If opening the nipple doesn't help, then I think a caliper rebuild is in order.

habaneronut
06-17-2007, 11:28 PM
Things just aren't ever simple with these LBC's are they? I guess that's why we love em so much! They wouldn't be near the fun if we got to drive them more then about 30 days a year, what with weather and mechanical problems conspiring against us.

Thanks for the suggestions, guys, looks like I have plenty to check tomorrow afternoon. Will let you know how it comes out.

Fred

MichaelG
06-18-2007, 02:53 PM
I have a 4A with the aluminum shims, and I still have some brake squeal. Planning to use either an antisqueal stick on pad or some other product as well.

What have others used for this problem

Thx

MG

habaneronut
06-19-2007, 03:17 PM
Looks like rebuild it is, Randall. Got back to it today and cracked the bleed nipple, cracked it a little more, and finally just took it out. Not a drop, and a C clamp tightened against the outer piston doesn't even budge it. After a closer look at the inner piston, it is really all corroded inside and I don't believe it has even been moving.

What all is involved in a rebuild, remember I'm a complete mechanical neophyte? Seems like I've seen some rebuilt or new calipers in one of the catalogs - would I be better off just getting them? If so, do they come with the pads and pistons and all, or just the caliper housing itself?

Haven't even looked at the other side, but bet I've got exacly the same problem there.

Fred

TR3driver
06-19-2007, 03:47 PM
What all is involved in a rebuild, remember I'm a complete mechanical neophyte? Seems like I've seen some rebuilt or new calipers in one of the catalogs - would I be better off just getting them?
Rebuilding them can be a challenge; but really the only hard part is getting the old pistons out if they are badly stuck. In your case, it might be better to let someone else fight the battle.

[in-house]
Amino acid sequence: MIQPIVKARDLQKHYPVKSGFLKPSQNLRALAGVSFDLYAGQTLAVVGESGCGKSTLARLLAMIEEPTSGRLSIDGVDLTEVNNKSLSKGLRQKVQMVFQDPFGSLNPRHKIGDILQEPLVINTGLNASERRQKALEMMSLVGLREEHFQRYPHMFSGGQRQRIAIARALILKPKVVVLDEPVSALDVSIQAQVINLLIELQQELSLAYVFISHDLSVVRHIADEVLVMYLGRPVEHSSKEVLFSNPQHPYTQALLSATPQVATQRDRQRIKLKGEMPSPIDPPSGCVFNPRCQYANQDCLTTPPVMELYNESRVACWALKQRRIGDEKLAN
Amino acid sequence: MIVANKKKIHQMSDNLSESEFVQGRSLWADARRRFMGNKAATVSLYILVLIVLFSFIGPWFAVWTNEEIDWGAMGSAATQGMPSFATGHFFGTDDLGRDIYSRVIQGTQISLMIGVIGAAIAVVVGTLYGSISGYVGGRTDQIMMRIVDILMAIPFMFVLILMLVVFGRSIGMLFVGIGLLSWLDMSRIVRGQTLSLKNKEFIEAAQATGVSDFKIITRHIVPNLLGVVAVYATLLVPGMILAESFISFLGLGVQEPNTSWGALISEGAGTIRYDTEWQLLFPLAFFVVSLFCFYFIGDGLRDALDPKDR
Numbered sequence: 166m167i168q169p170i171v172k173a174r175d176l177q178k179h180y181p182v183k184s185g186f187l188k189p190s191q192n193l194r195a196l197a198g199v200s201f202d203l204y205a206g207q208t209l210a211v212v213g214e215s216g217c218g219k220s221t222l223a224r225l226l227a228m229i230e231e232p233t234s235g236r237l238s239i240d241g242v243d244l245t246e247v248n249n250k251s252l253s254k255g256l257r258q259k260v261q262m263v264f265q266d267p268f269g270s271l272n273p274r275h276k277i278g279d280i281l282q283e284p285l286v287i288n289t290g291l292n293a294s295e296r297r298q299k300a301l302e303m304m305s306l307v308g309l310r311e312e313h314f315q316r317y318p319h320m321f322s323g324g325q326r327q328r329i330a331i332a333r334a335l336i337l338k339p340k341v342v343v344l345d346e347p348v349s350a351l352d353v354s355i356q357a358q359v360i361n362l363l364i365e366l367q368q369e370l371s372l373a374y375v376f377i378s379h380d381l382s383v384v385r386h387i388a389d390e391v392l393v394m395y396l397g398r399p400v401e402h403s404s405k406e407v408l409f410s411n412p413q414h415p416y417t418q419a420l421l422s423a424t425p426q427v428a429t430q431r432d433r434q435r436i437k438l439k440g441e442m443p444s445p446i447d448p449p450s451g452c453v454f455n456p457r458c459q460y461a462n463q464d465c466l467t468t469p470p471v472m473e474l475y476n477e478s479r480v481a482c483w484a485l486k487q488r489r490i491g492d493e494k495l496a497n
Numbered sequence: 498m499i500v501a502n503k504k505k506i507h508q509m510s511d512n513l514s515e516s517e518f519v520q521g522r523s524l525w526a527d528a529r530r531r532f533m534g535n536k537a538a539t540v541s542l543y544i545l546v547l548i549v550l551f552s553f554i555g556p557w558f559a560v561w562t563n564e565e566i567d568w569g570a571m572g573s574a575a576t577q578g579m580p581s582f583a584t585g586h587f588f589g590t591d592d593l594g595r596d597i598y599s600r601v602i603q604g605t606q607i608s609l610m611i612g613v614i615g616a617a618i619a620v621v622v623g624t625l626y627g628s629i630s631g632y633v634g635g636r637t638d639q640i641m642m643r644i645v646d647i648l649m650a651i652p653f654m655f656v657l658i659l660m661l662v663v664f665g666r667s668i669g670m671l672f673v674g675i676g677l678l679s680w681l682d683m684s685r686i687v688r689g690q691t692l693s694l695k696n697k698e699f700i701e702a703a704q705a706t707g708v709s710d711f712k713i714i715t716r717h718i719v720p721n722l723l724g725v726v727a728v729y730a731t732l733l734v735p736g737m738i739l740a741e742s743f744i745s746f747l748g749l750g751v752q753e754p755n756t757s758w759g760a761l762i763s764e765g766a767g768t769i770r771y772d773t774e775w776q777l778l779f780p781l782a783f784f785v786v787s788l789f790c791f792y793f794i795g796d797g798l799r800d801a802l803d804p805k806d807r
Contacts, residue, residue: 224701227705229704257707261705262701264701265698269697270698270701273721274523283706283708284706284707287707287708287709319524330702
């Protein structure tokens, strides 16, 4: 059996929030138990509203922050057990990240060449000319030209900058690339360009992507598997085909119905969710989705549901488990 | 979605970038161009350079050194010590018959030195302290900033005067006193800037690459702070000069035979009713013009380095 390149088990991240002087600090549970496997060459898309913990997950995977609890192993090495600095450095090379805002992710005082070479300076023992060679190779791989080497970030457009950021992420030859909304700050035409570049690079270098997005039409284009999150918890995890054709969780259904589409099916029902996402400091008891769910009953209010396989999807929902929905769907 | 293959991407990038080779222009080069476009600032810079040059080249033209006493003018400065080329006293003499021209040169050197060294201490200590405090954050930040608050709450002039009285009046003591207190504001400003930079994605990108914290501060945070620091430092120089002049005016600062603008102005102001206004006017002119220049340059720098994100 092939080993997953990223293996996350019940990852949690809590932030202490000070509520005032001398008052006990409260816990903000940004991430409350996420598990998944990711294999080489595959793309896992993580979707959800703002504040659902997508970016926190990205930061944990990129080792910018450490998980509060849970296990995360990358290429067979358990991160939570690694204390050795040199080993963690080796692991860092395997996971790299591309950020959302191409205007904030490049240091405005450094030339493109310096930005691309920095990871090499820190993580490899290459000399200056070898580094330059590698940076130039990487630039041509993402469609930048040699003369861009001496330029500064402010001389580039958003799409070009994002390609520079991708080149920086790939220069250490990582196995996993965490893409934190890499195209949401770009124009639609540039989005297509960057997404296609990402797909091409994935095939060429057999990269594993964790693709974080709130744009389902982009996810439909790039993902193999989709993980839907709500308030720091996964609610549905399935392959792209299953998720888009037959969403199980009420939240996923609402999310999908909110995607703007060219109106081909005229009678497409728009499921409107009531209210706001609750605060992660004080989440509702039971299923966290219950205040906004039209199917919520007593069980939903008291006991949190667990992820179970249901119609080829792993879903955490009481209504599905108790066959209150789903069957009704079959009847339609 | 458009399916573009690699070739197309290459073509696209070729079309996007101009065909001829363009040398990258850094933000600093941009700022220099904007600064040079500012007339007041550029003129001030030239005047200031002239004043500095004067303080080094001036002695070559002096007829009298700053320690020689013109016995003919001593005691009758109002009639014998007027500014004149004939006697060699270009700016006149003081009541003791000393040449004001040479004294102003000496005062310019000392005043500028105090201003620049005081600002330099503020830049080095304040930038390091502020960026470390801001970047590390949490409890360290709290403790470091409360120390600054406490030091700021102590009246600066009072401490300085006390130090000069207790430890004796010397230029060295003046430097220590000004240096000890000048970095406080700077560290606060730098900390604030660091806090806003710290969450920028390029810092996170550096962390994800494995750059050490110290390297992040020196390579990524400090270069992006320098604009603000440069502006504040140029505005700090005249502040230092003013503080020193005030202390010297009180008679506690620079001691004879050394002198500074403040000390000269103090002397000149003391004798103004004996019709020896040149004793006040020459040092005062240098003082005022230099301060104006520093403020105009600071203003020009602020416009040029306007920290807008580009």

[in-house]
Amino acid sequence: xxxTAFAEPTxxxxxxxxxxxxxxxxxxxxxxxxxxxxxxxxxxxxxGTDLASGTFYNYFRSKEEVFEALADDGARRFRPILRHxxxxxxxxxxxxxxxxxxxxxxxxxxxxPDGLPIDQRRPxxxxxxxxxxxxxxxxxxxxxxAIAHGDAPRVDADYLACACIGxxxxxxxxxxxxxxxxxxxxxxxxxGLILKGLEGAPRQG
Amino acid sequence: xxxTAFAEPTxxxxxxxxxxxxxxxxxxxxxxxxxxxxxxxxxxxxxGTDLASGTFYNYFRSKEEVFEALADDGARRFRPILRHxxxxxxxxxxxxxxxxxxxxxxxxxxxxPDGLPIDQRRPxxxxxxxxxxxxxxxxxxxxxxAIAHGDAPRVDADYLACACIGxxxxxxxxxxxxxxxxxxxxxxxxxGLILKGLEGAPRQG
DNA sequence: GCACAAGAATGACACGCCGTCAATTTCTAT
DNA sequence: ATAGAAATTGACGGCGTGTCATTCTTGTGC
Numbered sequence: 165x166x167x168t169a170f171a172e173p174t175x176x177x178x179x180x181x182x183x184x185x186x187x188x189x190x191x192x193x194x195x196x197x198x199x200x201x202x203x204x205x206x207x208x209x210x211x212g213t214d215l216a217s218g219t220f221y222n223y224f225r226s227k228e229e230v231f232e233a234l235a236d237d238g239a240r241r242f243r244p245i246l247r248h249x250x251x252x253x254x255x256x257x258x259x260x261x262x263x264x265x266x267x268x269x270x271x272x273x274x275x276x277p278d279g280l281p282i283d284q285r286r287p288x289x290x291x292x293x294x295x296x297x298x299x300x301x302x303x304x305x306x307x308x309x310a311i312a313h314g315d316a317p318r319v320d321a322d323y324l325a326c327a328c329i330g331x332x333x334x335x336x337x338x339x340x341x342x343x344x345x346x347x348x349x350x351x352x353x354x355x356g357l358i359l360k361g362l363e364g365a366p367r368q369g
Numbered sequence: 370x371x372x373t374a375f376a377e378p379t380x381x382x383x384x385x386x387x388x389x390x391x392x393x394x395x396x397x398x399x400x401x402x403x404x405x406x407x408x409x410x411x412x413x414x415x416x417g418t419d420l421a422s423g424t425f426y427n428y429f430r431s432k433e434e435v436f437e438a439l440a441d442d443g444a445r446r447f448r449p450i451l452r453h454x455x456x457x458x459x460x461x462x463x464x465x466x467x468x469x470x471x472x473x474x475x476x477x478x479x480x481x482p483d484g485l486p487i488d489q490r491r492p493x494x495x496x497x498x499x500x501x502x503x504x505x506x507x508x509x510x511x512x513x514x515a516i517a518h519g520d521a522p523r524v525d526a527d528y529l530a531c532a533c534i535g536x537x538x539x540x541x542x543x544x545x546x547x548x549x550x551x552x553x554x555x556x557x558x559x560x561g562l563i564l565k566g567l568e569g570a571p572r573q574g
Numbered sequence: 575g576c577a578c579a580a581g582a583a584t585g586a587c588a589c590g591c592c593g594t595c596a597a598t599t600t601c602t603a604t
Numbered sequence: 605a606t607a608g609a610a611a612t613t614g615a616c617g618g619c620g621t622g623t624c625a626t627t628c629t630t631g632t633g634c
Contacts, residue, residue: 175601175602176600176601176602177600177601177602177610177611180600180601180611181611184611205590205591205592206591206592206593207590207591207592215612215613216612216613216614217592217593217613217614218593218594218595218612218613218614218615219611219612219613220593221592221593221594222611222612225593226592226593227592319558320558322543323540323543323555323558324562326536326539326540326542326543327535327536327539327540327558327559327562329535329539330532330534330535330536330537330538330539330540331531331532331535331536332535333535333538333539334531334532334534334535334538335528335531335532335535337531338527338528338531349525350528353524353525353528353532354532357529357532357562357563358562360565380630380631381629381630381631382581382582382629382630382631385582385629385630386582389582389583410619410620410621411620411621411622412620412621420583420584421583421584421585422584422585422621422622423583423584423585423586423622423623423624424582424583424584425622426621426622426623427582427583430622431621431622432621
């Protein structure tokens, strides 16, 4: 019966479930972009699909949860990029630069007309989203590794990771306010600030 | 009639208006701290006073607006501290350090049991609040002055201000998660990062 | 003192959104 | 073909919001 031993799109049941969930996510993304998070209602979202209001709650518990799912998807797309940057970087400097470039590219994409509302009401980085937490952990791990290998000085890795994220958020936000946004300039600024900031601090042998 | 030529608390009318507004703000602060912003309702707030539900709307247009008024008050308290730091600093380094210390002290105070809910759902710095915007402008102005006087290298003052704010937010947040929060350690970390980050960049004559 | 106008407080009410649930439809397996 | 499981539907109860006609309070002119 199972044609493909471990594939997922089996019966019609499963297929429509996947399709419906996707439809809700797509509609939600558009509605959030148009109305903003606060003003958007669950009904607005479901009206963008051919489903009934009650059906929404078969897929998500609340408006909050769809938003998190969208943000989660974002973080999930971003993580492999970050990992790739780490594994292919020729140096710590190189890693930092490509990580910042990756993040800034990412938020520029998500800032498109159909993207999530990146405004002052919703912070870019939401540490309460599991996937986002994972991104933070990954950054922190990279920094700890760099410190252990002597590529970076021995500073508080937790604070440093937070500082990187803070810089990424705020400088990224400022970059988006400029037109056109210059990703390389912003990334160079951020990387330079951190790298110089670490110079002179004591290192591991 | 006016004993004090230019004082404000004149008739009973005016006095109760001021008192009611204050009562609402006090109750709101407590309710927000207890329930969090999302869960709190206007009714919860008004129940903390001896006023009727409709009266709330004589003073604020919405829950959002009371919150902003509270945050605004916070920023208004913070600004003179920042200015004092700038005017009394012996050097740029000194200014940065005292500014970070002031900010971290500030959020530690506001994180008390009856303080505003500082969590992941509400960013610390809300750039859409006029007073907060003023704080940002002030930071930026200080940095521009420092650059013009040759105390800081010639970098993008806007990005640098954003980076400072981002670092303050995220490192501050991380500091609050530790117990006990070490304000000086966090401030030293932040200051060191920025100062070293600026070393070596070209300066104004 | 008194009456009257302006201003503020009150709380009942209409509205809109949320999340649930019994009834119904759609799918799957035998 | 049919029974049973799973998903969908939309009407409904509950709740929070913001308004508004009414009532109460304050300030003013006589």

But the basic procedure is to remove the pistons & dust covers, then pry out the seals. There is a long-running debate on whether to separate the two caliper halves or not; the official advice from Girling (and Triumph) was to never separate them. But there is another seal (O-ring) between the caliper halves that IMO should be replaced if there is any chance it has been contaminated with solvent or incorrect brake fluid. The O-ring is not included in the rebuild kit, but is available from the usual suspects.

The exact procedure (and which rebuild kit you need !) depends on whether you have the early "C" calipers or the later ones (used on some TR6). But basically you just put the main seal into it's groove, then install the piston & dust boot. On the earlier design, the dust boot fits into a second groove in the bore, so you have to struggle with installing one end of the boot over the piston, the other end of the boot into the bore, and then sliding the piston into the bore blind. The later design has the boot clamped on from the outside, so it's easier to assemble.